MANILA – Quezon City on Saturday issued guidelines on the operation of community pantries within the city to ensure compliance with health and safety protocols, and peace and order.
This followed the death of a senior citizen who lined up for a pantry organized by actress Angel Locsin on Friday, where those hoping to get free food found themselves crowding at the queue. The city government earlier said "we were not advised regarding any plans" for Locsin's pantry.
While a Barangay Permit or Clearance will not be required, QC Mayor Joy Belmonte "strongly urged QCitizens intending to operate a community pantry to submit a written notice to the barangay where the pantry is located, including indicating the person responsible for its operation," read a news release.
Under the memorandum, the pantry organizers and the barangay may coordinate and come up with crowd control measures such as setting a cut-off time for persons in line, limiting the number of persons served in a day or for certain time periods, and using marshals to enforce health protocols and disperse overcrowding.
Pantry staff must wear face masks and face shields and likewise require those lining up to at least wear face masks.
A one-meter distancing among patrons must be enforced, while eating and drinking is prohibited in the vicinity of the community pantry. Those lining up must also be prohibited from unnecessarily touching or handling items on display to avoid the spread of the virus.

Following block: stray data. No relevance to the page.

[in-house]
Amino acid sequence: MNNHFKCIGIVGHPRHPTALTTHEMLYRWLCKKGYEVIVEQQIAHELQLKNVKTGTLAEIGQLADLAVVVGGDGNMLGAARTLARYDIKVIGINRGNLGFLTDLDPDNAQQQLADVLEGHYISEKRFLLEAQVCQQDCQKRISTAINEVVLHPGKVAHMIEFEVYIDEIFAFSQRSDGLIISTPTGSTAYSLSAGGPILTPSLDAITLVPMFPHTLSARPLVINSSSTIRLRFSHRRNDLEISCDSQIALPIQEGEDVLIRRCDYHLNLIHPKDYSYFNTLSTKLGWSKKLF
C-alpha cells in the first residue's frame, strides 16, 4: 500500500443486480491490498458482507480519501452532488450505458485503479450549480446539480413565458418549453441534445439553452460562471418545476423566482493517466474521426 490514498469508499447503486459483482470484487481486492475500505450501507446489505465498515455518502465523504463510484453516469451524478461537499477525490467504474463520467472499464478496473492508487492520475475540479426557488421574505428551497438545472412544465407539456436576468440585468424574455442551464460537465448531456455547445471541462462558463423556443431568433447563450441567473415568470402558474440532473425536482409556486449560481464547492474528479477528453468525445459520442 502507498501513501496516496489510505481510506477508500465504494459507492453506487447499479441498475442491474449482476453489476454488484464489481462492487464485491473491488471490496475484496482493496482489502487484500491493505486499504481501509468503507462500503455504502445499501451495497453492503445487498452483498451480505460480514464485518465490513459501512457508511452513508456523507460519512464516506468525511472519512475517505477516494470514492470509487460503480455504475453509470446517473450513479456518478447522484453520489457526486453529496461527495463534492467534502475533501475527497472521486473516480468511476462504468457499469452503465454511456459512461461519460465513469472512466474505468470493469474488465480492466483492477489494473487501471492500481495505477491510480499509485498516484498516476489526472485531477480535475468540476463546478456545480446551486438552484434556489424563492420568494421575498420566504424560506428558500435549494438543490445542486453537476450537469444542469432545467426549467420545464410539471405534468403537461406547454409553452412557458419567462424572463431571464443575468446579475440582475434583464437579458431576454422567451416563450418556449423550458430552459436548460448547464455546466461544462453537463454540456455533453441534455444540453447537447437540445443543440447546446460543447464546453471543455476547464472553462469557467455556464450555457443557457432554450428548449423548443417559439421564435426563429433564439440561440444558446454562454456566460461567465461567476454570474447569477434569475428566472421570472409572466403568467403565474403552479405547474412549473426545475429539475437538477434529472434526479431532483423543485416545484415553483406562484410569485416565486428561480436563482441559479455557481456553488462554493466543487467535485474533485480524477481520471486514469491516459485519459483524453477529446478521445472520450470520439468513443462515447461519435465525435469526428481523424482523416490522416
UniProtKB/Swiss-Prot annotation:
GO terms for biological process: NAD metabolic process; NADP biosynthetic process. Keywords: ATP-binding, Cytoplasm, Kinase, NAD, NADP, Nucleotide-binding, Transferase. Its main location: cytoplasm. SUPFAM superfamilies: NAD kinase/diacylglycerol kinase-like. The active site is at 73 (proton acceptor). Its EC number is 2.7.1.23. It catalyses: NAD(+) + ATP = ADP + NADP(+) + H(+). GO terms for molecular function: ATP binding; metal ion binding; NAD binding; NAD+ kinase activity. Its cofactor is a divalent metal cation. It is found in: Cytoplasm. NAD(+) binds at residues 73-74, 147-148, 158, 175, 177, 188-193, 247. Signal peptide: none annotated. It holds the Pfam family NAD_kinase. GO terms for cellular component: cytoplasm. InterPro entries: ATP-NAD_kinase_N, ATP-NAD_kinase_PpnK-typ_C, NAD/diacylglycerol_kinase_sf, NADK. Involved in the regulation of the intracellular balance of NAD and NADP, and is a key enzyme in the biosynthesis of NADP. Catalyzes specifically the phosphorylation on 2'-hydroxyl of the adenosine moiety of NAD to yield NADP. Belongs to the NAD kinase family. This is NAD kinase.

Pantry operators are also required to maintain cleanliness in their immediate vicinity.
“They are also responsible for food safety. Food must be fresh or not expired, and no adulterated, spoiled or unsanitary foods shall be distributed,” Belmonte said in her directive.
Organizers are likewise required to follow existing public safety hours by operating only from 5 a.m. to 8 p.m.
Belmonte encouraged pantry operators to adopt a system to mitigate abuse following reports about certain persons taking more than what they need.
“For example, the pantries have the option to impose item limits per person or household, or limit their patrons to bona fide barangay residents,” Belmonte said.
The mayor said law enforcement would only intervene in cases of breach of health and safety protocols.
Undersecretary Martin Diño of the Department of the Interior and Local Government’s barangay affairs underscored the importance of coordinating with the barangay following the death of a senior citizen at Locsin's pantry.
The man, identified as balut vendor Rolando Dela Cruz, 67, had been reportedly in line since 3 a.m. and passed out while waiting for the panty to open around 8 am. He was declared dead on arrival at a nearby hospital.
Locsin has since apologized and vowed to help the bereaved family.
Diño said pantry organizers should anticipate the crowd to swell especially if their initiative has been announced or have gone viral on social media.
He suggested using a system where stubs are issued to a specific number of recipients to avoid crowding.
“Dahil talagang maraming nangangailangan lalong-lalo na pag nai-announce mo 'yan, meron mang stub o wala talagang magpupuntahan at magbabaka-sakali. Kung nandyan ang ating mga barangay tanod tapos meron tayo sa Quezon City na Task Force Disiplina, papauwiin na nating 'yung hindi talaga mabibigya,” he said.
(Since many are in need, even those without stubs will still line up. If our tanods are there and we have people from the Quezon City Task Force Disiplina, those without stubs will be sent home.)
The first community pantry rose on Maginhawa Street in Quezon City and has since inspired a nationwide movement, with people chipping in to help the less fortunate struggling with their daily needs amid the pandemic.